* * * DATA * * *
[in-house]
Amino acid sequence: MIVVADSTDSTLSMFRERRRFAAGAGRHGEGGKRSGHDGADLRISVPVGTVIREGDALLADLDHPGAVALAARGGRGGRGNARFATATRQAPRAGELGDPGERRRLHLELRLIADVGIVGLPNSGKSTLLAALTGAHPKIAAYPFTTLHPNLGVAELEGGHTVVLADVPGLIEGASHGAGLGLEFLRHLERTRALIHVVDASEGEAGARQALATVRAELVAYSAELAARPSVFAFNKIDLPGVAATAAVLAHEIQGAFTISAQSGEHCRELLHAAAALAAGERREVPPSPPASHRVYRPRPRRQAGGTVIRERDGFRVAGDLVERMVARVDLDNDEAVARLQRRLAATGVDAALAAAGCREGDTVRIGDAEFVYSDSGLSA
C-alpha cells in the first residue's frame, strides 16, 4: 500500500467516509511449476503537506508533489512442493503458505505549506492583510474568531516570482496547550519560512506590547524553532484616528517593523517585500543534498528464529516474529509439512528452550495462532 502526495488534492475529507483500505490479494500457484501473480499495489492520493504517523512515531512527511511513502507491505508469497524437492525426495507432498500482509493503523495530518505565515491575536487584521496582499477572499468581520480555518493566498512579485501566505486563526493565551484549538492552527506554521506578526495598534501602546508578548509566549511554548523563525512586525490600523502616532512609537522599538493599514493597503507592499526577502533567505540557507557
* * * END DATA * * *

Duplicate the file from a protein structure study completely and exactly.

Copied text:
[in-house]
Amino acid sequence: MIVVADSTDSTLSMFRERRRFAAGAGRHGEGGKRSGHDGADLRISVPVGTVIREGDALLADLDHPGAVALAARGGRGGRGNARFATATRQAPRAGELGDPGERRRLHLELRLIADVGIVGLPNSGKSTLLAALTGAHPKIAAYPFTTLHPNLGVAELEGGHTVVLADVPGLIEGASHGAGLGLEFLRHLERTRALIHVVDASEGEAGARQALATVRAELVAYSAELAARPSVFAFNKIDLPGVAATAAVLAHEIQGAFTISAQSGEHCRELLHAAAALAAGERREVPPSPPASHRVYRPRPRRQAGGTVIRERDGFRVAGDLVERMVARVDLDNDEAVARLQRRLAATGVDAALAAAGCREGDTVRIGDAEFVYSDSGLSA
C-alpha cells in the first residue's frame, strides 16, 4: 500500500467516509511449476503537506508533489512442493503458505505549506492583510474568531516570482496547550519560512506590547524553532484616528517593523517585500543534498528464529516474529509439512528452550495462532 502526495488534492475529507483500505490479494500457484501473480499495489492520493504517523512515531512527511511513502507491505508469497524437492525426495507432498500482509493503523495530518505565515491575536487584521496582499477572499468581520480555518493566498512579485501566505486563526493565551484549538492552527506554521506578526495598534501602546508578548509566549511554548523563525512586525490600523502616532512609537522599538493599514493597503507592499526577502533567505540557507557